HONG KONG • The bankruptcy of South Korea's Hanjin Shipping and a consolidation in the container shipping industry will pave the way for a better year for the industry, according to Mr Robbert van Trooijen, the Asia-Pacific chief of Maersk Line.
After years of overcapacity and excessive optimism about demand, the order backlog for vessels is falling and Maersk Line is seeing a more balanced supply-demand situation this year in its talks with customers, he said yesterday.
Maersk Line, the world's biggest box carrier, is owned by AP Moeller-Maersk.
"It's the growth side and the right-sizing of the industry, and the sanity that comes back in the negotiations," Mr van Trooijen said in a Bloomberg Television interview. "We do see now that the normalisation has come back to that."
Maersk Line, which expects to be profitable this year after a US$384 million (S$546 million) loss it booked last year, expects the global container market to grow 2 per cent to 4 per cent amid the consolidation wave.
A DECISIVE YEAR
It's been a decisive year for container shipping, not just because of the financial climate, but also because of the M&A activities and the regrettable bankruptcy of Hanjin. We see fewer orders for ships.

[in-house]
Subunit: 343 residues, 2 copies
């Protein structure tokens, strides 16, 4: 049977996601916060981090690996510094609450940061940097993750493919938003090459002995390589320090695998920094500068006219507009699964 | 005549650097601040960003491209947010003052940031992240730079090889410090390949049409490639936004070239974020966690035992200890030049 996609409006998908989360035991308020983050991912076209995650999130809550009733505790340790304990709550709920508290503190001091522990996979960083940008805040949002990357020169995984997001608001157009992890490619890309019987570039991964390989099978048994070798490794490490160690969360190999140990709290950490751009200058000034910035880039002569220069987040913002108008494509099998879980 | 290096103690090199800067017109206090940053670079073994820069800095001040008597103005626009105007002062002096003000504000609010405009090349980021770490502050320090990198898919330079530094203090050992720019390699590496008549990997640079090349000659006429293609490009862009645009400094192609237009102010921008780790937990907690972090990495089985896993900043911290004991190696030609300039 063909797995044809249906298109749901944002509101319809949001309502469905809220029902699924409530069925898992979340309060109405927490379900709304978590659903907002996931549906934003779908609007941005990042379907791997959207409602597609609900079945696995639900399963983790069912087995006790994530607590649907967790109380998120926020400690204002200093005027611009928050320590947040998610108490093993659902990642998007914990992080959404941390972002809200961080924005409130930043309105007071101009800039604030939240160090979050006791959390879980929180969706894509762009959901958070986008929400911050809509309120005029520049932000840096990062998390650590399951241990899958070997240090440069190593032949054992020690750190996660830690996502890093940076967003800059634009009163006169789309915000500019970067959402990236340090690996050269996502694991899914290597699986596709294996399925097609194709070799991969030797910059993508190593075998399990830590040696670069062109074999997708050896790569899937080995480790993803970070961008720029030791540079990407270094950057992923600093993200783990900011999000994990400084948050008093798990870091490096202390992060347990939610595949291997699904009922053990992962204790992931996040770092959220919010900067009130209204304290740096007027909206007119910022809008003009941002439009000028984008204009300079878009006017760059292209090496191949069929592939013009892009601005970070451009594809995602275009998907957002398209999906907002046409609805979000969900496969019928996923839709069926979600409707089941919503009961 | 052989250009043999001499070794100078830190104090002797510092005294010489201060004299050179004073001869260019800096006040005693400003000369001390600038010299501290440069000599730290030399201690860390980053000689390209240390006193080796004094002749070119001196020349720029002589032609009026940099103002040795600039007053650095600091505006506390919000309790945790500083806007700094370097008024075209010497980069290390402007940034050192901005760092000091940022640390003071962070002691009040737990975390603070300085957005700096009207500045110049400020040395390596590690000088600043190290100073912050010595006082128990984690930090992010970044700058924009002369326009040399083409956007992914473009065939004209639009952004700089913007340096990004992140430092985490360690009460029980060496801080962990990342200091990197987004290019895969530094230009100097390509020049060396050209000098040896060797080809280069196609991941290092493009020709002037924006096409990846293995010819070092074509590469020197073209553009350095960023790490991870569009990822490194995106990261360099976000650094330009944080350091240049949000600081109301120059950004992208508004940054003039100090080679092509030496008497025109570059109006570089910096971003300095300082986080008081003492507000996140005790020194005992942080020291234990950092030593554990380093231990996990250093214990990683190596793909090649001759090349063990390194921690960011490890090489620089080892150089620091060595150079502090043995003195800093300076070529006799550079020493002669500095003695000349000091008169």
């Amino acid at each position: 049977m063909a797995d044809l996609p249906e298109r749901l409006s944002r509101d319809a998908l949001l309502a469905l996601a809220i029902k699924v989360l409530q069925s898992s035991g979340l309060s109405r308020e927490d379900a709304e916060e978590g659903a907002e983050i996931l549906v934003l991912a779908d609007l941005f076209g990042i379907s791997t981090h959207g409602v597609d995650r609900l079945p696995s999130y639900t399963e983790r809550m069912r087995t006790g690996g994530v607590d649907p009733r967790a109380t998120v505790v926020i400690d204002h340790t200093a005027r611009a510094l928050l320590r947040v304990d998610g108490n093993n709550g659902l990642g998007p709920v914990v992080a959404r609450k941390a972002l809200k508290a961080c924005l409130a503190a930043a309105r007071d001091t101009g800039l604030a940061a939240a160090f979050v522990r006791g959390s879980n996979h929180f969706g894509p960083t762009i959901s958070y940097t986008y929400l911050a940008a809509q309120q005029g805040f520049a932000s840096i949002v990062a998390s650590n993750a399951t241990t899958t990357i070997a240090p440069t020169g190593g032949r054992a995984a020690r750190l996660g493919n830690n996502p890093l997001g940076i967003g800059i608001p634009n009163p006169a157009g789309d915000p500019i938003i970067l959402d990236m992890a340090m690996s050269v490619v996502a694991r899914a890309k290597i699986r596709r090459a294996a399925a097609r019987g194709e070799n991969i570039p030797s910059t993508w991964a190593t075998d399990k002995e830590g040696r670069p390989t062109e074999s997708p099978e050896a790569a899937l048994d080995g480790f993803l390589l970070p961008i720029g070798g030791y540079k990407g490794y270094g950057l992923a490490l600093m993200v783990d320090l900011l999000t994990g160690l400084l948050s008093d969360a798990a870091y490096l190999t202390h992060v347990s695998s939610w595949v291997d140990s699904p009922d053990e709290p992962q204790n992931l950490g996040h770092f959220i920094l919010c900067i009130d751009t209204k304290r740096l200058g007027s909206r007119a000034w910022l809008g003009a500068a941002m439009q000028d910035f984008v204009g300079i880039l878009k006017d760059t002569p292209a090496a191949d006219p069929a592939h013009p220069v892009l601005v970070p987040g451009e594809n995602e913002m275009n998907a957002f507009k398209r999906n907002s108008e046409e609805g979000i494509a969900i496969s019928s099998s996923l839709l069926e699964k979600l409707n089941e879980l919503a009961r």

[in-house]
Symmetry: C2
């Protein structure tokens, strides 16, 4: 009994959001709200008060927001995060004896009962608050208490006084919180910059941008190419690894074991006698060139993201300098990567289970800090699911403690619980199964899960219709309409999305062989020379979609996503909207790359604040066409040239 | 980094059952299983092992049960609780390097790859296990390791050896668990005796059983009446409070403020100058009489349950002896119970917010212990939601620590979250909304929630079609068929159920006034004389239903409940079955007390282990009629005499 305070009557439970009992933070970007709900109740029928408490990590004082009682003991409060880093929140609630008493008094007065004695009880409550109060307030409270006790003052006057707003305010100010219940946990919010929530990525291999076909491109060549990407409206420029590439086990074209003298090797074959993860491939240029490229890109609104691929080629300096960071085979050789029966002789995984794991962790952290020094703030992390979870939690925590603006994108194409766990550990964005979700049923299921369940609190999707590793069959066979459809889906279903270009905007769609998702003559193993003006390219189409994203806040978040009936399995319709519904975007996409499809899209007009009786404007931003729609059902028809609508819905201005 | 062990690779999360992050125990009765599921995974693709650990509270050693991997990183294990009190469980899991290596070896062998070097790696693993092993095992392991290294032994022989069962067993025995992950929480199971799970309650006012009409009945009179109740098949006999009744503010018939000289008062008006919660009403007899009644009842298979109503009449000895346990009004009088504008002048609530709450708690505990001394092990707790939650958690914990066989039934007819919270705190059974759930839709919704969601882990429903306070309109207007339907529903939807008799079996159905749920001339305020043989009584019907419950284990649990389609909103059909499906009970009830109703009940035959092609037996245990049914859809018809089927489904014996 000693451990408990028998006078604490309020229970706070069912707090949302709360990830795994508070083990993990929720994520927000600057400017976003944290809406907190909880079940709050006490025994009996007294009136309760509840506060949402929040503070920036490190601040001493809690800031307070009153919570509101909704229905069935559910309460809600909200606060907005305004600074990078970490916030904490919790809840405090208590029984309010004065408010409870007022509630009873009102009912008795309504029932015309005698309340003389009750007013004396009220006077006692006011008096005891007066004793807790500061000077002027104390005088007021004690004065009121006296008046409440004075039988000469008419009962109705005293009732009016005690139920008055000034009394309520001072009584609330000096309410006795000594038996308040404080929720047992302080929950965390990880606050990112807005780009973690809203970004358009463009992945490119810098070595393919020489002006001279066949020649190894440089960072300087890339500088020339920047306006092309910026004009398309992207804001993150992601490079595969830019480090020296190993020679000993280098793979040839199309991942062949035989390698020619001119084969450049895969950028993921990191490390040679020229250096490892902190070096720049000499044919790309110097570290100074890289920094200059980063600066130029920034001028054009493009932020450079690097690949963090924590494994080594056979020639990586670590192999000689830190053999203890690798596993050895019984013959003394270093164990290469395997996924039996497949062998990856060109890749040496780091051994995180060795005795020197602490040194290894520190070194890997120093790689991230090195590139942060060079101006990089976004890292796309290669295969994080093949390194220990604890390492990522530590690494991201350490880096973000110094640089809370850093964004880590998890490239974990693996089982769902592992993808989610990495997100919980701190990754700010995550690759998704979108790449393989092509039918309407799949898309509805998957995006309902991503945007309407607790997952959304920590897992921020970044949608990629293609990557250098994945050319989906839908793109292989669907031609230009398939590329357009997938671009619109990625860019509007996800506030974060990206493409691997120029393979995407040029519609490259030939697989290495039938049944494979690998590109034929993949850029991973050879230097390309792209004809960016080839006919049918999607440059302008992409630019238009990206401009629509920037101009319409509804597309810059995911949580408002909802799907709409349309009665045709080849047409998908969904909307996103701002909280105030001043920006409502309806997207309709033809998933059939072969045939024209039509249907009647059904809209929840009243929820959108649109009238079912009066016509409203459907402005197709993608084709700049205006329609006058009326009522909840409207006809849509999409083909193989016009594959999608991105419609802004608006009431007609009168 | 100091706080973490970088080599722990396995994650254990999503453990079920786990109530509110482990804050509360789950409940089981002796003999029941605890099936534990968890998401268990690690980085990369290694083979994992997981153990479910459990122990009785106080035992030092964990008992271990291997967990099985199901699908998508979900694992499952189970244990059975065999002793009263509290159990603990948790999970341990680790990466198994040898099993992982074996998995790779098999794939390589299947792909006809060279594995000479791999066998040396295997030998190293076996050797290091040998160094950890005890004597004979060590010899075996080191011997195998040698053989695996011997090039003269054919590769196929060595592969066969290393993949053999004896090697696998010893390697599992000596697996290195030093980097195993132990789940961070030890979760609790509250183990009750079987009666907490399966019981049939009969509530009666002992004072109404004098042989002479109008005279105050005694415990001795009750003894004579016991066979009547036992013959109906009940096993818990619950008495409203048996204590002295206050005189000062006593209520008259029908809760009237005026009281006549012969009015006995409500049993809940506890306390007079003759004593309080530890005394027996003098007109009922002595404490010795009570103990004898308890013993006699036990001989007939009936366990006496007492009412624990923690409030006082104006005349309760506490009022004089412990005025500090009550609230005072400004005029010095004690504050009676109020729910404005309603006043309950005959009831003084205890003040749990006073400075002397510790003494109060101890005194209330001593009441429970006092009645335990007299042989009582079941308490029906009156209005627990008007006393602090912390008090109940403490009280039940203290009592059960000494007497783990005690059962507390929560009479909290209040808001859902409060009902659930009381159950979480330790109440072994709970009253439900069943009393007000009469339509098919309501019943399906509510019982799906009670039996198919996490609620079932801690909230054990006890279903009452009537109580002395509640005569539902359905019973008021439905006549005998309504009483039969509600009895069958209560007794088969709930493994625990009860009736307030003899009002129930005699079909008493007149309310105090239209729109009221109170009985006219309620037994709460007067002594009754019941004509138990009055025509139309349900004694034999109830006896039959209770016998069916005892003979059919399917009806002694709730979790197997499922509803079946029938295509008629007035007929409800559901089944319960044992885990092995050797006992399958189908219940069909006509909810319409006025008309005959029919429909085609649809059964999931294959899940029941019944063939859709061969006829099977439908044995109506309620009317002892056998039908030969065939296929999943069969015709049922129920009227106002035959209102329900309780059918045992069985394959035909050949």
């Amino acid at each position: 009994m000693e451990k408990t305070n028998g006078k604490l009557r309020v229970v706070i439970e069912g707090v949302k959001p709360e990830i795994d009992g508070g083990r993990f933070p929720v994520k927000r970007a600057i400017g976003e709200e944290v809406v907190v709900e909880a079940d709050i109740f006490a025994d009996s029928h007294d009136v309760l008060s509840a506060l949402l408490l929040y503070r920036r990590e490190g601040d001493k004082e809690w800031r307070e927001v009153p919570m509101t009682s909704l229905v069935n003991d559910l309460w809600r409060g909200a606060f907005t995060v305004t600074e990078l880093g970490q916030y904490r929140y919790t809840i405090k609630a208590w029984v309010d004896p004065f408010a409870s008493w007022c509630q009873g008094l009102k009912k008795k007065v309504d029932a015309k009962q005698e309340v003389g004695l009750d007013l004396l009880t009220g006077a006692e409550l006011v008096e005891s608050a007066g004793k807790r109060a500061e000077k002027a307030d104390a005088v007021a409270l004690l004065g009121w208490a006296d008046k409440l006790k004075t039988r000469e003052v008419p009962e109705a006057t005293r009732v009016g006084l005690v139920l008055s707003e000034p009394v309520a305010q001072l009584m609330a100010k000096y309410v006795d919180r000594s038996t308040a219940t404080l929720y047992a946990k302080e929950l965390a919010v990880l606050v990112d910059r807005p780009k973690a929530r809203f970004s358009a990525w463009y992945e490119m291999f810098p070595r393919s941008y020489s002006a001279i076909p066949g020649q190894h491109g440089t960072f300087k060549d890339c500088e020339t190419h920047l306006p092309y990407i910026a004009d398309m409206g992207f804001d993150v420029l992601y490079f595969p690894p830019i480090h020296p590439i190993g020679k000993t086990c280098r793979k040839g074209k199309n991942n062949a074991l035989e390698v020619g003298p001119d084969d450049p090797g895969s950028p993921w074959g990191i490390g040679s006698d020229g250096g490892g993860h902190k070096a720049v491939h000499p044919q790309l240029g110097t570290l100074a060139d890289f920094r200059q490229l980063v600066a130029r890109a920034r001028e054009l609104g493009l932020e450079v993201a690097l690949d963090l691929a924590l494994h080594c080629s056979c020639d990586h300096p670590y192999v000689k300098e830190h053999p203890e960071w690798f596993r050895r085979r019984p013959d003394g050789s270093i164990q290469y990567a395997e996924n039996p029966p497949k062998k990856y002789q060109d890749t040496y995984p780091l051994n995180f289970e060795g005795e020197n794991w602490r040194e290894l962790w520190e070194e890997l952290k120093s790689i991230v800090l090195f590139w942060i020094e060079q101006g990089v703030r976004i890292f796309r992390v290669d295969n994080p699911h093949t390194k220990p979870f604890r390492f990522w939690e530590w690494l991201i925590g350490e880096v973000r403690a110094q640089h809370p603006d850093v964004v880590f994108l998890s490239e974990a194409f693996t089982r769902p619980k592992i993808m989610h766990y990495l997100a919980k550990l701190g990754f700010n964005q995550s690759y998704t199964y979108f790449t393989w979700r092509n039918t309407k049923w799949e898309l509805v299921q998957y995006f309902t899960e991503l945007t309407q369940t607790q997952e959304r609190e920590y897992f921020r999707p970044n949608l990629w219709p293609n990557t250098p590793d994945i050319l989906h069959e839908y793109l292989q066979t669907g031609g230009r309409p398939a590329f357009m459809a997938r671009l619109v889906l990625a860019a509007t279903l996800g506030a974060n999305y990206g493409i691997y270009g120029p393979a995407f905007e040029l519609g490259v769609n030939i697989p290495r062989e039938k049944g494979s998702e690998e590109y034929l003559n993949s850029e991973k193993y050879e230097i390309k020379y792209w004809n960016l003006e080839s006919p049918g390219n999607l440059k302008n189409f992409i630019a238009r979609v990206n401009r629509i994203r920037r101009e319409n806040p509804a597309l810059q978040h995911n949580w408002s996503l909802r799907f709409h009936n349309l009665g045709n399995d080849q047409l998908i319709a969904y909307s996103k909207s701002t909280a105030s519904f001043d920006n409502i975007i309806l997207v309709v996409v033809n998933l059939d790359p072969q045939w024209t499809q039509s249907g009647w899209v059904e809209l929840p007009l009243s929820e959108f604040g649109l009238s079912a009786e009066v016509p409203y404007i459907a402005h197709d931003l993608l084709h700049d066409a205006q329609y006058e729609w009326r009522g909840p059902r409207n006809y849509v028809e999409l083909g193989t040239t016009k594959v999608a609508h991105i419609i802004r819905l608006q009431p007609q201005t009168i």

MR ROBBERT VAN TROOIJEN, on recent events and developments in the shipping industry.
Following Hanjin's collapse, Japan's three biggest shipping companies decided to merge their container operations, while Maersk agreed in December to buy Hamburg Sud.
The Shanghai Containerized Freight Index, a measure of shipping rates, has more than doubled from a record low in March last year.
"It's been a decisive year for container shipping, not just because of the financial climate, but also because of the M&A activities and the regrettable bankruptcy of Hanjin," Mr van Trooijen said, adding that the consolidation efforts will continue. "We see fewer orders for ships."
Growth in shipping demand this year is expected to outstrip an increase in supply for the first time since 2011, Changjiang Securities said in a note yesterday.
Asked about rising concerns over trade protectionism after Mr Donald Trump became the President of the United States, the Maersk executive said nations have a vested interest to grow trade rather than shrink it.
A "trade war has no winners", Mr van Trooijen said. "Growing global trade in a mutually beneficial way, that benefits the US consumers as well as the producing entities in China, is the only way forward."